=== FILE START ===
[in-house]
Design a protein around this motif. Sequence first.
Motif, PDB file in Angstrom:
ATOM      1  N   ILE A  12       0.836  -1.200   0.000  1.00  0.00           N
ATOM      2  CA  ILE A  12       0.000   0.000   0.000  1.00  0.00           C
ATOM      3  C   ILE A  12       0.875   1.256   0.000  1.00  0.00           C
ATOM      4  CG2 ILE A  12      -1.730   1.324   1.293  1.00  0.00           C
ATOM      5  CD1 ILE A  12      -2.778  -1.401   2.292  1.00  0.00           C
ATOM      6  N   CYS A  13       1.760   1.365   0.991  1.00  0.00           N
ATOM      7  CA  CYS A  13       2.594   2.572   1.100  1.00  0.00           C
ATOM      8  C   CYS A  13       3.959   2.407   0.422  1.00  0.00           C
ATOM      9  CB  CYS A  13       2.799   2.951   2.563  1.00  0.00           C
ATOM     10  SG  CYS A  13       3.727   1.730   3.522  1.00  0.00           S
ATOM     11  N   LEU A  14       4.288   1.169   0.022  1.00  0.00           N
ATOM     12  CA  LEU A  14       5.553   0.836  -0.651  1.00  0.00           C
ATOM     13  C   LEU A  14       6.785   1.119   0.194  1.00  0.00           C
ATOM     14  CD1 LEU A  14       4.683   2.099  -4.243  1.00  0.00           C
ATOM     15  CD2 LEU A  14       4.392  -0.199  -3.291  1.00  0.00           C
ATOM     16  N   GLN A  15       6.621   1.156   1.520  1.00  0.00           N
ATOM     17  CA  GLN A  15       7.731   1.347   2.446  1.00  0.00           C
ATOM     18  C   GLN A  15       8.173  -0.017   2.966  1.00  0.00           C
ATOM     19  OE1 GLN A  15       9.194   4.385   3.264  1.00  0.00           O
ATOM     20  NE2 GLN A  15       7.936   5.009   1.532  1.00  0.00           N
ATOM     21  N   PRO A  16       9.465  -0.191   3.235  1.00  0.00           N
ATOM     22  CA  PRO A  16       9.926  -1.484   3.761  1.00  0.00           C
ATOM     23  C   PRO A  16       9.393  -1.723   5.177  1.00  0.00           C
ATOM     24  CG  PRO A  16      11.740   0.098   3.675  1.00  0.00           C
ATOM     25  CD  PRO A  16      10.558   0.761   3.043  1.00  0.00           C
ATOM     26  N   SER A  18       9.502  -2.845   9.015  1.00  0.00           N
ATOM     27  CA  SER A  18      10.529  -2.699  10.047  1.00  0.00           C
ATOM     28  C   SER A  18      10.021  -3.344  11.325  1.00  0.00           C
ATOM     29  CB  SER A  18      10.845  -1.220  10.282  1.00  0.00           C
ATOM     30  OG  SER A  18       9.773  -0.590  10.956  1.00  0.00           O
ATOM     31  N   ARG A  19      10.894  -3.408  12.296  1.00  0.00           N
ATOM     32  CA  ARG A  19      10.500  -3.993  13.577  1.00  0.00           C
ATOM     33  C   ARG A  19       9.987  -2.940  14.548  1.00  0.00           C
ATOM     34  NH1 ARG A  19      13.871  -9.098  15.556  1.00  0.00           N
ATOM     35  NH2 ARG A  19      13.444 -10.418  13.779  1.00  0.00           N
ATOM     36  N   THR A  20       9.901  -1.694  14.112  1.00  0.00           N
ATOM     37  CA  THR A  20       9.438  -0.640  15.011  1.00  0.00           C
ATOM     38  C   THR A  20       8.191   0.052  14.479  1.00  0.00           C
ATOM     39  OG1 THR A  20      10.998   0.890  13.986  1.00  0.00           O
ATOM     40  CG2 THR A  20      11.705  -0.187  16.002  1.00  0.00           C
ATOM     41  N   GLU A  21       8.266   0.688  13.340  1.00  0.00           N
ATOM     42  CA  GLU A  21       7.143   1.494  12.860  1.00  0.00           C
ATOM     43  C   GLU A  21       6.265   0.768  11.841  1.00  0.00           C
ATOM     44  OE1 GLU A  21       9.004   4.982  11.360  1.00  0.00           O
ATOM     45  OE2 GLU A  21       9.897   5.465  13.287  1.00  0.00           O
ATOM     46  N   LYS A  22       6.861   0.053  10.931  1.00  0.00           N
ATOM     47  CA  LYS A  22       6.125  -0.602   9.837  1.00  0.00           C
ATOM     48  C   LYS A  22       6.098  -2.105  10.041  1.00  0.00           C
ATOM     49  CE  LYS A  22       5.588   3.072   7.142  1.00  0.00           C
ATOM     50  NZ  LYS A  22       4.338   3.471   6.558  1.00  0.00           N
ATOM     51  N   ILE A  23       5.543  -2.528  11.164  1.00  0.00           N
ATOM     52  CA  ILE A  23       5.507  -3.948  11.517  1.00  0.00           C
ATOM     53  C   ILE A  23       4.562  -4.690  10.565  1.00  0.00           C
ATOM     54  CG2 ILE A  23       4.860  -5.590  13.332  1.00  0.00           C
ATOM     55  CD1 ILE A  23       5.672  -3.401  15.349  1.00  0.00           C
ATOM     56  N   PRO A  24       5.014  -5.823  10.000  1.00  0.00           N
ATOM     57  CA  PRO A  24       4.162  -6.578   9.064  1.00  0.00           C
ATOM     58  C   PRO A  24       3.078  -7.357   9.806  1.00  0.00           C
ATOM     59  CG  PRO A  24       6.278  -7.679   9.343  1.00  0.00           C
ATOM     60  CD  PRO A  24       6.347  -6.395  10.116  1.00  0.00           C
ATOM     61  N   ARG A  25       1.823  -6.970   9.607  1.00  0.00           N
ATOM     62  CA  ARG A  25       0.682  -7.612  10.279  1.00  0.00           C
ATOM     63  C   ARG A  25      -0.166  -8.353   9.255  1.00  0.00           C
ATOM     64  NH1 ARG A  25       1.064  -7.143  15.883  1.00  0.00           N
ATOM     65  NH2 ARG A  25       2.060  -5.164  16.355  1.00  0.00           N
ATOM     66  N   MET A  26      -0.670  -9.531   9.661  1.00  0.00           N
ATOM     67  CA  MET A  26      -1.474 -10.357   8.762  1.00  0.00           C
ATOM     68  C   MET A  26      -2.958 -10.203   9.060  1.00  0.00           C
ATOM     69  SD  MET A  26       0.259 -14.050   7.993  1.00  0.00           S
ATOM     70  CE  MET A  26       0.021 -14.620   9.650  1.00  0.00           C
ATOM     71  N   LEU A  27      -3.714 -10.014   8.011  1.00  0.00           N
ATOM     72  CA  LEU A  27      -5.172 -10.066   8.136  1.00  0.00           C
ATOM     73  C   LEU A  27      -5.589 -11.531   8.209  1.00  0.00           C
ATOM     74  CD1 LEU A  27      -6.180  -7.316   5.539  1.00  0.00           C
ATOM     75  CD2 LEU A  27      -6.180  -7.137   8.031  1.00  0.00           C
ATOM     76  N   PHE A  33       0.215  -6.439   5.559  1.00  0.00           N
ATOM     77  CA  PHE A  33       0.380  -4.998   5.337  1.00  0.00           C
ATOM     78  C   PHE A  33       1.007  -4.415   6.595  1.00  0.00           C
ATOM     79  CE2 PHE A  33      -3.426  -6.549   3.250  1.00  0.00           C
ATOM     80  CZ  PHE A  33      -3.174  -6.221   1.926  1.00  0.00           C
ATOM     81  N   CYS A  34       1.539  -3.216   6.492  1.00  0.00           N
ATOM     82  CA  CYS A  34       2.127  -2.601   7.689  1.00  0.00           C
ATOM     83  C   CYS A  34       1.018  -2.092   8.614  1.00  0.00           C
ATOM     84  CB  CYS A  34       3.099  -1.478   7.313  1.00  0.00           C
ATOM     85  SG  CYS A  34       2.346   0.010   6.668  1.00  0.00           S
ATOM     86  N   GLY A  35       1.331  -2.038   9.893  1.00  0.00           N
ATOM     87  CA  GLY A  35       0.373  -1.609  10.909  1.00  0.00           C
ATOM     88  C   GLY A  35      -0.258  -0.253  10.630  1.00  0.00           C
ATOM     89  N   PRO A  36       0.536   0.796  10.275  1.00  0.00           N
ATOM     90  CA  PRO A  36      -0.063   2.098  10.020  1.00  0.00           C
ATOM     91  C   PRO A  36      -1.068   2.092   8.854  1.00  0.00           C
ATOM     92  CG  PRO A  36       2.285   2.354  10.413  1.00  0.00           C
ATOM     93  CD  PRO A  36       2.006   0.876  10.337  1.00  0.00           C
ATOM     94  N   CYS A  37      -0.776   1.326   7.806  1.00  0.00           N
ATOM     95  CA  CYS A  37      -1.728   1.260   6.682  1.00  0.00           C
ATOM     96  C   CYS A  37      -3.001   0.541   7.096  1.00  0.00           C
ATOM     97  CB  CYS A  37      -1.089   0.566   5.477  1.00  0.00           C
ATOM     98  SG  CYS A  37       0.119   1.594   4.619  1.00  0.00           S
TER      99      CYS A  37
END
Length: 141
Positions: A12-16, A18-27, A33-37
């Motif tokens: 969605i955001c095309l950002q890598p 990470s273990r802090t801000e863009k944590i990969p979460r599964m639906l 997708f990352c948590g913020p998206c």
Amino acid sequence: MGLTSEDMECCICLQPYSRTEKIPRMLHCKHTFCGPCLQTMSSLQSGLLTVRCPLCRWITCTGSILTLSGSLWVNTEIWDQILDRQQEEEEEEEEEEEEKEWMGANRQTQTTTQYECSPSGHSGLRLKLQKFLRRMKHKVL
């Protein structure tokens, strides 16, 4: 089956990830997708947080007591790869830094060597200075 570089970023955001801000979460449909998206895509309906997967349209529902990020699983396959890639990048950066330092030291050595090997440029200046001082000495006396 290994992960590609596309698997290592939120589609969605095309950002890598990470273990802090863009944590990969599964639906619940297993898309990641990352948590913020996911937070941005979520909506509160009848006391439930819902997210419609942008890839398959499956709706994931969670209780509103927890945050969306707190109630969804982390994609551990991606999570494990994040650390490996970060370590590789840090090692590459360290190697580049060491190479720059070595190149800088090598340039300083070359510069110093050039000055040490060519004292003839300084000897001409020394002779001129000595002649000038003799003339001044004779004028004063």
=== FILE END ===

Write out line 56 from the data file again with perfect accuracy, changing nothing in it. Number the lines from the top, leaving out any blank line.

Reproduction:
ATOM     53  C   ILE A  23       4.562  -4.690  10.565  1.00  0.00           C